The work on Projects of Common Interest (PCIs) is coordinated by regional groups, dedicated to each of the following types of energy infrastructure: electricity, offshore grid development, hydrogen and electrolysers, smart electricity grids, smart gas grids and CO2 networks, in line with the scope of the revised Trans-European Networks for Energy (TEN-E) Regulation.
PCI identification and selection process
Projects are selected as PCIs on the basis of 5 criteria. They must
- have a significant impact on at least 2 EU countries
- enhance market integration and contribute to the integration of EU countries' networks
- increase competition on energy markets by offering alternatives to consumers
- enhance security of supply
- contribute to the EU's energy and climate goals and they should facilitate the integration of energy from renewable energy sources
New PCI lists are established every 2 years since 2013.
Promoters of projects that are potentially eligible for PCI status can submit an application to the corresponding regional groups through open call for applications, launched by the Commission.
The regional groups assess the applications regarding their compliance with and relevance to the specific PCI selection criteria, as defined under Article 4 of the Regulation. Through this assessment, the PCI candidates are ranked by the Decision-Making Bodies of the regional groups.
EU- wide PCI list
The assessment results in a regional list of proposed PCIs, which the Commission adopts as an EU-wide list by means of a delegated act and submits to the European Parliament and the Council.
These institutions have 2 months to oppose the list, or they may ask for an extension of 2 months to finalise their position. The Parliament and the Council cannot request amendments to the list and if neither of them rejects it, the PCI list enters into force.
Establishing the first Union list under the revised Regulation
On 17 October 2022, the Commission kicked off the process for establishing the first Union list under the revised TEN-E Regulation with the first Cross-regional meeting on Projects of Common Interest and Projects of Mutual Interest. On the same day, it opened the submission window for projects under all infrastructure categories. The call for applications was open until 15 December 2022.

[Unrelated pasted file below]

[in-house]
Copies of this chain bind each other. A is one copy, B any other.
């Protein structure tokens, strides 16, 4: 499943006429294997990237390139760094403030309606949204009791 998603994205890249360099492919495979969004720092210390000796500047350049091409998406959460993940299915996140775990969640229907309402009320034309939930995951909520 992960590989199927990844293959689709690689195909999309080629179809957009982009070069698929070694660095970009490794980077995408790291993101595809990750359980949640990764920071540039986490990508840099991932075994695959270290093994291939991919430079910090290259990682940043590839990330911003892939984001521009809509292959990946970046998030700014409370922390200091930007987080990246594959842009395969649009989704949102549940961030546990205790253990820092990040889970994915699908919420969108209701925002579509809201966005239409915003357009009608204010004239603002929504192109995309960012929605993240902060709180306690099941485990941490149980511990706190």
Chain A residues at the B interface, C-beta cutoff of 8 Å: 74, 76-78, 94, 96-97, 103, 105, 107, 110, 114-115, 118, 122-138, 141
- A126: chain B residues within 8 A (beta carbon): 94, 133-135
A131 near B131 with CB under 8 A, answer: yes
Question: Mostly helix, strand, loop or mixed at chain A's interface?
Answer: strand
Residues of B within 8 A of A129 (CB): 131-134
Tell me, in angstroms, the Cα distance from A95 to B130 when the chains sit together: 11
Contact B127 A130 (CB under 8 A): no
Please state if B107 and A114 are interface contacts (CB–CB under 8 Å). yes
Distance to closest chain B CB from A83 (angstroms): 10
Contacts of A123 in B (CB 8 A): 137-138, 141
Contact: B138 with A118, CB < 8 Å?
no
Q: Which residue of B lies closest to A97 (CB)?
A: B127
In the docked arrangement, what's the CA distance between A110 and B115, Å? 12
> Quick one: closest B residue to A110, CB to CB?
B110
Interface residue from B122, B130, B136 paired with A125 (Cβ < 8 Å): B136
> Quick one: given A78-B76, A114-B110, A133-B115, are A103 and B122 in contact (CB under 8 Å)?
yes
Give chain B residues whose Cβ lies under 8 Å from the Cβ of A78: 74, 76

The second cross-regional group meeting took place in Brussels on 8-9 December 2022 and another was organised on 6-8 February 2023. The following series of cross-border regional group meetings took place 13-24 March 2023.
All meeting documents for these meetings are available in a dedicated CIRCABC.
Before starting the process establishing the first Union list under the revised Regulation, the Commission held on 7 October 2022 an informative session as part of the consultations on the cost-benefit analysis methodologies for the following infrastructure categories: hydrogen, electrolysers, smart gas grids, smart electricity grids, CO2 networks and energy storage.
- Q1 2024Entry into force
- November 2023 – January 2024Non-objection period by the co-legislators (extendable by 2 months)
- November 2023Adoption by the Commission of the Union list of PCIs/PMIs
- October 2023decision on the regional lists at high-level
- June 2023decision on the regional lists at technical level
- March – May 2023regional groups meetings on the assessment of candidate projects
- 6-8 February 2023cross-regional group meeting
- 8-9 December 2022cross regional group meeting
- 17 October 2022first meeting on PCIs and PMIs and launch of call for applications
- 7 October 2022informative session
- 7 October 2022launch of targeted consultation
There are 3 electricity infrastructure corridors identified as priority by the revised TEN-E regulation.
- North-South electricity interconnections in Western Europe (‘NSI West Electricity’)
- North-South electricity interconnections in Central Eastern and South Eastern Europe (‘NSI East Electricity’)
- Baltic energy market interconnection plan in electricity (‘BEMIP electricity’)
These require urgent infrastructure development in electricity to connect regions currently isolated from European energy markets, strengthen existing cross-border interconnections, and help integrate renewable energy.
Dedicated regional groups for each of these electricity corridors have been established to propose and review the candidate PCIs, which contribute the most to achieving EU’s energy and climate objectives by modernising the existing grid.
There are 5 offshore grid corridors identified as priority by the revised TEN-E regulation.
- Northern Seas offshore grids (NSOG)
- Baltic Energy Market Interconnection Plan offshore grids (BEMIP offshore)
- South and West offshore grids (SW offshore)
- South and East offshore grids (SE offshore)
- Atlantic offshore grids